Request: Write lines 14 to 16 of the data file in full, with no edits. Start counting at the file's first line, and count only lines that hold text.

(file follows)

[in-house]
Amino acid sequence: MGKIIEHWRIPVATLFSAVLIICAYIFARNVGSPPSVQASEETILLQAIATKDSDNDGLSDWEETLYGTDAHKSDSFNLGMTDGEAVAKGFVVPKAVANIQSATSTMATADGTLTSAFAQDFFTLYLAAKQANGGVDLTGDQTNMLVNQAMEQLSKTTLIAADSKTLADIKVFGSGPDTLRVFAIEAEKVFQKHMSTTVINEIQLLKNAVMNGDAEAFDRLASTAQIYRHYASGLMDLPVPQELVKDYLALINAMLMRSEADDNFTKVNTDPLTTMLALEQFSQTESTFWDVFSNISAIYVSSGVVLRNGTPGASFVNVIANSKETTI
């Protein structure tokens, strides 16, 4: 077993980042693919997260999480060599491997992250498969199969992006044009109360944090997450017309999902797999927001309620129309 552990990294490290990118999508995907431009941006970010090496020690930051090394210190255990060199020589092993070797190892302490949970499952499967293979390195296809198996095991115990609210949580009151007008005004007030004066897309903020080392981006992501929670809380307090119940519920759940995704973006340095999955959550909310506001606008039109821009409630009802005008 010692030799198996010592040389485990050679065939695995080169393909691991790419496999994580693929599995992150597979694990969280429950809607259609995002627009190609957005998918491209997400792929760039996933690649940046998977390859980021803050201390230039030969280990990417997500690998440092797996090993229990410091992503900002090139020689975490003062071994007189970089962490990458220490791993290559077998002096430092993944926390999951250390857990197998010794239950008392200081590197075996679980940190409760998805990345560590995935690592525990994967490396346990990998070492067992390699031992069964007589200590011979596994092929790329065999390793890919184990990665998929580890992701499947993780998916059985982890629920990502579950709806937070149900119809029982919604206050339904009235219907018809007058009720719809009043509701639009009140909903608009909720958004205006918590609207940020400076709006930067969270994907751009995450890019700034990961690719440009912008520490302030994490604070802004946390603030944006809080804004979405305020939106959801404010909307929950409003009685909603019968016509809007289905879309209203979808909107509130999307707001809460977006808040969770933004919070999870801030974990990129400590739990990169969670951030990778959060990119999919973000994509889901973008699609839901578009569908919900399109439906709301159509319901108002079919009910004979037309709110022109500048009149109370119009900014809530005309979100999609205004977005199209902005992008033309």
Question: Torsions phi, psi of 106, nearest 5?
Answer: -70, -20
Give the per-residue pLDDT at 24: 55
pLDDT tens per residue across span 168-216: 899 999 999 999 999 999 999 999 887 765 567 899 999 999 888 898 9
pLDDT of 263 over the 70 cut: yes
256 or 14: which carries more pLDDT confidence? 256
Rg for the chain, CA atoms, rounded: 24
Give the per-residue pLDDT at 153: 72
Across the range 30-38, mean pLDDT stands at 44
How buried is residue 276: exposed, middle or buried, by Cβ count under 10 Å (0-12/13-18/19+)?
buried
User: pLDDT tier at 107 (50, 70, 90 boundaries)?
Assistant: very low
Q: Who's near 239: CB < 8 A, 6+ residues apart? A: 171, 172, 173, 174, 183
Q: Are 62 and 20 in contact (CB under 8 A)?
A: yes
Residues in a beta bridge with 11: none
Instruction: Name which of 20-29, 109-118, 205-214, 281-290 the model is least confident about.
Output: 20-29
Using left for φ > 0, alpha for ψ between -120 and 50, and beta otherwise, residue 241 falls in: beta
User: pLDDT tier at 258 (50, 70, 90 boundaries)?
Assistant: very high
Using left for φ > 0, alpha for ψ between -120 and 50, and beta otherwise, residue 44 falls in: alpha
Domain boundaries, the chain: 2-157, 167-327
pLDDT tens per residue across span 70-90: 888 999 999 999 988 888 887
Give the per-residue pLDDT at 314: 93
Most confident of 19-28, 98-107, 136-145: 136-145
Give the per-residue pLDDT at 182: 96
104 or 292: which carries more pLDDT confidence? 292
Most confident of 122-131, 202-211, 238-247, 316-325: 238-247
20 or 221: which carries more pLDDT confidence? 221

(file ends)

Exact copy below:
buried
User: pLDDT tier at 107 (50, 70, 90 boundaries)?
Assistant: very low